An artist who painted birds had a policy of only painting ones that he had shot and stuffed; this way he could study the bird and then decide what aspect he really wanted to paint. One day he went out with his gun, saw a bird that really captivated him, shot it, stuffed it and painted it. The painting was entered into an exhibition. Someone who saw the painting contacted the artist and wanted to know where he had obtained the reference material for this now extinct bird. The artist was horrified to realize that he had killed the last living bird of its species, and that in killing that one bird he had silenced an entire species’ song.
There are moments when one thing ends and life without that thing begins, and that ending can hit us strongly. At my first monastery in upstate New York, a Trappist monastery, the Monks had a herd of prized Black Angus. I would occasionally help out with the herd, even helping the brother in charge of the herd deliver an extra-large calf one cold morning. For some reason that I was not privy to the Monks decided to sell off the entire herd. One day a fleet of trucks arrived, loaded the cattle, and drove off. Later I went for a walk and found myself near the barn. While it was strange to not see any cattle in the fields, it was even stranger to walk into the barn and find it completely empty: No hot breathe puffing in the cold air, no mooing… even the smells were beginning to dissipate. I stood in the lifeless barn and wondered: When the barn has outlived the cattle… then what? Strangely, the empty barn felt like some kind of portal into a mysterious new life that could now occur within its emptiness. I have no idea why that moment hit me so strongly, but that empty barn made me realize that sometimes one life needs to end in order for a new life to begin.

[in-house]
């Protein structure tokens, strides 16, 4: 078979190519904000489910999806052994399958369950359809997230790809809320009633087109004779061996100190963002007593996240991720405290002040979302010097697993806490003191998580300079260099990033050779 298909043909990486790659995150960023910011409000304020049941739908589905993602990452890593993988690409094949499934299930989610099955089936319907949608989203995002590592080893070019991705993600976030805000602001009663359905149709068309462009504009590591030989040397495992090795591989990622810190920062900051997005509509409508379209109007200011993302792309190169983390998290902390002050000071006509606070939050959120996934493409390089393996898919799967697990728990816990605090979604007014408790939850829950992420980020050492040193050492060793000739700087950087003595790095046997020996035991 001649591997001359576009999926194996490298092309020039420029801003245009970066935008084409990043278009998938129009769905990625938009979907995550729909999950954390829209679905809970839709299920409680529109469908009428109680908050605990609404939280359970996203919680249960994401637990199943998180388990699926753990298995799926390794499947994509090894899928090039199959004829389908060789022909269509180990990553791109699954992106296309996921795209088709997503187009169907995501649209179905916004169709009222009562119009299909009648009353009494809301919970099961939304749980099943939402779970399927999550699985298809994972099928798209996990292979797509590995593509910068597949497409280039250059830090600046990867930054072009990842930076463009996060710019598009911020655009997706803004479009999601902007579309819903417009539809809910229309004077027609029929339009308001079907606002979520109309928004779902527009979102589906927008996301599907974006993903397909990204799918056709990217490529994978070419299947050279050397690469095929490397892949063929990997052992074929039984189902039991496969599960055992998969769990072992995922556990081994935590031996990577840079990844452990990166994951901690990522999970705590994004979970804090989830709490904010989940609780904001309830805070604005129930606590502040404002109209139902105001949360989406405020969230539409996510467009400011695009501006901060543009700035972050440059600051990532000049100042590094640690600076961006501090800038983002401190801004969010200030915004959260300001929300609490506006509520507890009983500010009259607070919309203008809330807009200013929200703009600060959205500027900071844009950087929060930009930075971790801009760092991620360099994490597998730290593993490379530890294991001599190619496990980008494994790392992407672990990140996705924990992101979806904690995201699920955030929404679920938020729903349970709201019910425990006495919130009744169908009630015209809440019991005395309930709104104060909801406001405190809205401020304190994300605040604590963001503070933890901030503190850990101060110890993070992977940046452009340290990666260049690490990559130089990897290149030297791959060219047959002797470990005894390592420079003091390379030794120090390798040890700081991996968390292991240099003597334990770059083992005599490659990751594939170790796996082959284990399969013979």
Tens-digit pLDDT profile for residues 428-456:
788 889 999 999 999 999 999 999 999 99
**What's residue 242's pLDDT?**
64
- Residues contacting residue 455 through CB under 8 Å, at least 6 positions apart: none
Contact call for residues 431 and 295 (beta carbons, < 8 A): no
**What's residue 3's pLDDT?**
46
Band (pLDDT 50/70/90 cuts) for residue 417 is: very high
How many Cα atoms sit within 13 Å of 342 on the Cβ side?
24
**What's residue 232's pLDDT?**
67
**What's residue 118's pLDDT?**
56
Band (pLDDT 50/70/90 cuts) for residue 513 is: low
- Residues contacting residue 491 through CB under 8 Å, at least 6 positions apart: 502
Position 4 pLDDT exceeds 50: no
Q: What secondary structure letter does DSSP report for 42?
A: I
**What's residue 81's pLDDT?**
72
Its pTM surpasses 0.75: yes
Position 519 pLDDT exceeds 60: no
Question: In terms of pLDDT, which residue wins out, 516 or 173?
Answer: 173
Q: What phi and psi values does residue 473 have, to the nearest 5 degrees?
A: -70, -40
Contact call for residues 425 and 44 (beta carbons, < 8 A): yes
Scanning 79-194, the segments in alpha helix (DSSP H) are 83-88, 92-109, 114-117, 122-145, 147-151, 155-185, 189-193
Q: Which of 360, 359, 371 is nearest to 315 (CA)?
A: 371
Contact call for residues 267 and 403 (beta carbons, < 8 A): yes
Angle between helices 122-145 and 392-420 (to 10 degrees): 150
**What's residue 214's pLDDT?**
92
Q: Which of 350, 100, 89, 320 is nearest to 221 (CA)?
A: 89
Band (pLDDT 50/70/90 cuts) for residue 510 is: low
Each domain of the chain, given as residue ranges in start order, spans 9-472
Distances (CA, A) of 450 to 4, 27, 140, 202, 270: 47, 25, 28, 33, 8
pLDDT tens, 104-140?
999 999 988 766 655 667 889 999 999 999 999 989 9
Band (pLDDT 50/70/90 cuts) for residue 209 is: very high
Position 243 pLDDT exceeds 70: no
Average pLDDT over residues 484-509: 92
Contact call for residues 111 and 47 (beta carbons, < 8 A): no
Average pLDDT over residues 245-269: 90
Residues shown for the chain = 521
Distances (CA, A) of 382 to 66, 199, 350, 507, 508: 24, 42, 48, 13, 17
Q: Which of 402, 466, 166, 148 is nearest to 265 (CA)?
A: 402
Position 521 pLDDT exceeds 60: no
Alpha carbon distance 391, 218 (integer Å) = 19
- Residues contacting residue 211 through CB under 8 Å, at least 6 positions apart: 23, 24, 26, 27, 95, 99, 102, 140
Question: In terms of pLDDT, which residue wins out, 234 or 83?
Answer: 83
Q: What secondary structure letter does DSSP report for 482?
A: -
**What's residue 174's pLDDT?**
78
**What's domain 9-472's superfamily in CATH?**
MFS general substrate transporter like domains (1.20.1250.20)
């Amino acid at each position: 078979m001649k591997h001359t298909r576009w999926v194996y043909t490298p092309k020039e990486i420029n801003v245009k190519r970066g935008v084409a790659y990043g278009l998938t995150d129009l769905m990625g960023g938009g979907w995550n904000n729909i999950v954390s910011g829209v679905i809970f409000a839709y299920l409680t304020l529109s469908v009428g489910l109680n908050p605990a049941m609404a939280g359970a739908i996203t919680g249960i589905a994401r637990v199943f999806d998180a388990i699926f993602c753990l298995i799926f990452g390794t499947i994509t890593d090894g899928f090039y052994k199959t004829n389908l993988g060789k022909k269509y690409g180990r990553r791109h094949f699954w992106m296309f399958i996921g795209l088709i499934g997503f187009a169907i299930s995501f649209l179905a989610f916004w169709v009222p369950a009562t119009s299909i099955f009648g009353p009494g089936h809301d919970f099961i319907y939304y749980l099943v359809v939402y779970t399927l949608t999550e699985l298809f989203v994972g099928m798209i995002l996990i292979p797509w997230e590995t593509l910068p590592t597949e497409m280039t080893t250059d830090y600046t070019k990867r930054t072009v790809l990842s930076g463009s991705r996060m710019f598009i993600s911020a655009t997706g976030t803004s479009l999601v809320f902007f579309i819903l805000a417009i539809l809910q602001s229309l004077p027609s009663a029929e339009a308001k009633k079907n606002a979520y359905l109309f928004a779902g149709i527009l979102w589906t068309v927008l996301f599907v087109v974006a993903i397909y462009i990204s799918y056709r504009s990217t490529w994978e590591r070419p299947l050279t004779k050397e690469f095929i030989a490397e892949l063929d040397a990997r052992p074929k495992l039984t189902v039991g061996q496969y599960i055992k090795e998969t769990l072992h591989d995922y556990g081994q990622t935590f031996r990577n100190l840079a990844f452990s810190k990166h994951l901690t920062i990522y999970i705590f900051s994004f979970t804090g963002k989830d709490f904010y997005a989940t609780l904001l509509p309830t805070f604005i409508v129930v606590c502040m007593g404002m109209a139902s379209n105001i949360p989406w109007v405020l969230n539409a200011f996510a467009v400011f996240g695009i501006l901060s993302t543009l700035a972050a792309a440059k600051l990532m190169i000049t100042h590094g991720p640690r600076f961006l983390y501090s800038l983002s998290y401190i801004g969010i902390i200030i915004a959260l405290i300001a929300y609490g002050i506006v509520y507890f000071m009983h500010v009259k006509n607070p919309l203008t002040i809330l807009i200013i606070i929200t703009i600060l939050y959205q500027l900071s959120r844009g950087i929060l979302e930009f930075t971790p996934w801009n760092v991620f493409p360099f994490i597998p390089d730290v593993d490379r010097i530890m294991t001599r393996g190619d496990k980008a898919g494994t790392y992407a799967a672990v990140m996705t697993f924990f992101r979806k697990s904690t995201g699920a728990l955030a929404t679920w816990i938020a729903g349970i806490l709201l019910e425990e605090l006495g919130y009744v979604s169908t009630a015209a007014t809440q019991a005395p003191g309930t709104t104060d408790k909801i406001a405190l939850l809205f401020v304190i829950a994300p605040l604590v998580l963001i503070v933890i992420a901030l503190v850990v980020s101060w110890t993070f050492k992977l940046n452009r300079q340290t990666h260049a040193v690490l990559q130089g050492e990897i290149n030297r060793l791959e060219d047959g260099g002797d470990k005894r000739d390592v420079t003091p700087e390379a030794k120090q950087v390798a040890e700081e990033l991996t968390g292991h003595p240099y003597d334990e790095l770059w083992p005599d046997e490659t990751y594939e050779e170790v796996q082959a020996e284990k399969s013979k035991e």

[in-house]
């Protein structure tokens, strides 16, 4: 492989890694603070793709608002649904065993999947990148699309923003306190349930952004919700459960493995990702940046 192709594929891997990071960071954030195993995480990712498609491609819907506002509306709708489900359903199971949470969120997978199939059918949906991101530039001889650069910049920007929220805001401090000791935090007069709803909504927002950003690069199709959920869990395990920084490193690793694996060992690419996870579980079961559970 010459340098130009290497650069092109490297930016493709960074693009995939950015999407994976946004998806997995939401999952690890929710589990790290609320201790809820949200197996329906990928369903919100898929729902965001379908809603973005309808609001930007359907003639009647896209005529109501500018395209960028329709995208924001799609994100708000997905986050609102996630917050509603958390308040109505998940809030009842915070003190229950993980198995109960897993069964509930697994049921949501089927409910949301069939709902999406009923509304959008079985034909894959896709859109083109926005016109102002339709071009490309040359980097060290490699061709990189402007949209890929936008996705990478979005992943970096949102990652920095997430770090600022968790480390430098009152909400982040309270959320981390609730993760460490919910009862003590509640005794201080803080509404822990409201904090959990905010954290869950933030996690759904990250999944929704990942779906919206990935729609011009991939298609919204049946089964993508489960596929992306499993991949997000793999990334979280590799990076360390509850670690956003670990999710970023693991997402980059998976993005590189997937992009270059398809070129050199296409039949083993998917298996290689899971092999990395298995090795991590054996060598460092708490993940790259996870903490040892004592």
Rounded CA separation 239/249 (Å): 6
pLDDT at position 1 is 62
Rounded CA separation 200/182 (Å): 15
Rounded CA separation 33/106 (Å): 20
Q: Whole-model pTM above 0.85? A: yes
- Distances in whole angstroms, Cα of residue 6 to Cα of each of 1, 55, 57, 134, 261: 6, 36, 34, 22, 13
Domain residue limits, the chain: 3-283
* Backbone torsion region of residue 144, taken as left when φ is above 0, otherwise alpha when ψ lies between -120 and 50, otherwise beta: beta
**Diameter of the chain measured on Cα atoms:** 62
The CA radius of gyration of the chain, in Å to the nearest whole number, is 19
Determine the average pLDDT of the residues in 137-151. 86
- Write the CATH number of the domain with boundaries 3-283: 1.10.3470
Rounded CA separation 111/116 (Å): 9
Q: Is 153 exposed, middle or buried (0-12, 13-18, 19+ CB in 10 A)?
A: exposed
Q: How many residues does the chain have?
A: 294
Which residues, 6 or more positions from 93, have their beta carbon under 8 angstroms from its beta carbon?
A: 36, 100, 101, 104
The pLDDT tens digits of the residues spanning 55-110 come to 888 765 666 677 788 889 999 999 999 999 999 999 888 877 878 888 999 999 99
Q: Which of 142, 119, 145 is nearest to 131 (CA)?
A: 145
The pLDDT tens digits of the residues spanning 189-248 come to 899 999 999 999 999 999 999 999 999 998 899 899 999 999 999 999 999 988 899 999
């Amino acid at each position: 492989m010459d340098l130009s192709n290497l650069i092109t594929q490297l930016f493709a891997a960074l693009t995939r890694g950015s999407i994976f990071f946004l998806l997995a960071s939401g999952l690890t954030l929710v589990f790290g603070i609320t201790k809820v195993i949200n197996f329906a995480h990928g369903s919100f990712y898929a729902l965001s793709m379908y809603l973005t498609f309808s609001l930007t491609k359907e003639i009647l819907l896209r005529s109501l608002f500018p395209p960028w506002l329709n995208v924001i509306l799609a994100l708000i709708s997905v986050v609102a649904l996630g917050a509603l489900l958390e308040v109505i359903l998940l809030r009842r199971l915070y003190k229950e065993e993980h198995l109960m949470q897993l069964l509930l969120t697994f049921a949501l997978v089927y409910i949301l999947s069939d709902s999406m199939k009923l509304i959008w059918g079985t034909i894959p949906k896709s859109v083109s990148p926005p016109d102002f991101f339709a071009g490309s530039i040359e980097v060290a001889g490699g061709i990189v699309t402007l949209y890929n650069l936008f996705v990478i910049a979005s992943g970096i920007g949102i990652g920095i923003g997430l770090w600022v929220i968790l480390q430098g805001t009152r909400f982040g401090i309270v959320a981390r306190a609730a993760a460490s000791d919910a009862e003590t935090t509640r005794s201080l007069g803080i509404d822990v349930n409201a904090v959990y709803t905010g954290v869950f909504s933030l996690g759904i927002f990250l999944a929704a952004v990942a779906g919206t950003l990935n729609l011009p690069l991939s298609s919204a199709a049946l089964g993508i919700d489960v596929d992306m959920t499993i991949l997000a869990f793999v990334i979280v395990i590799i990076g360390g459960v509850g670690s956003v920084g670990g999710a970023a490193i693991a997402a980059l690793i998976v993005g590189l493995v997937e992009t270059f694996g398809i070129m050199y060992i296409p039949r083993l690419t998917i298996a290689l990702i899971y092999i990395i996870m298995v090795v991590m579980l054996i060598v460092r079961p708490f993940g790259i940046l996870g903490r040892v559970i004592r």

The very thought of putting an end to a way of living can be unnerving since we have no experience yet in the possible life beyond the moment of that ending. As a result of our fear we can sometimes get stuck in a life that no longer works simply because we are afraid of leaving that which is familiar. But really, we have only two choices: Either stay with what is miserable, or leave it behind for the possibility of something better. This applies to an apartment, a career or even a relationship. One question to ask before the leap, however, is: Is it actually the situation that is miserable, or is it me that is making it miserable?! This question is an important one because if it is me making things miserable then unless I change I stand a good chance of making a new life equally as miserable as the old. So if I choose to change my circumstances, most probably I will also need to change my thinking and the way in which I interact with life; otherwise, why even leave the barn?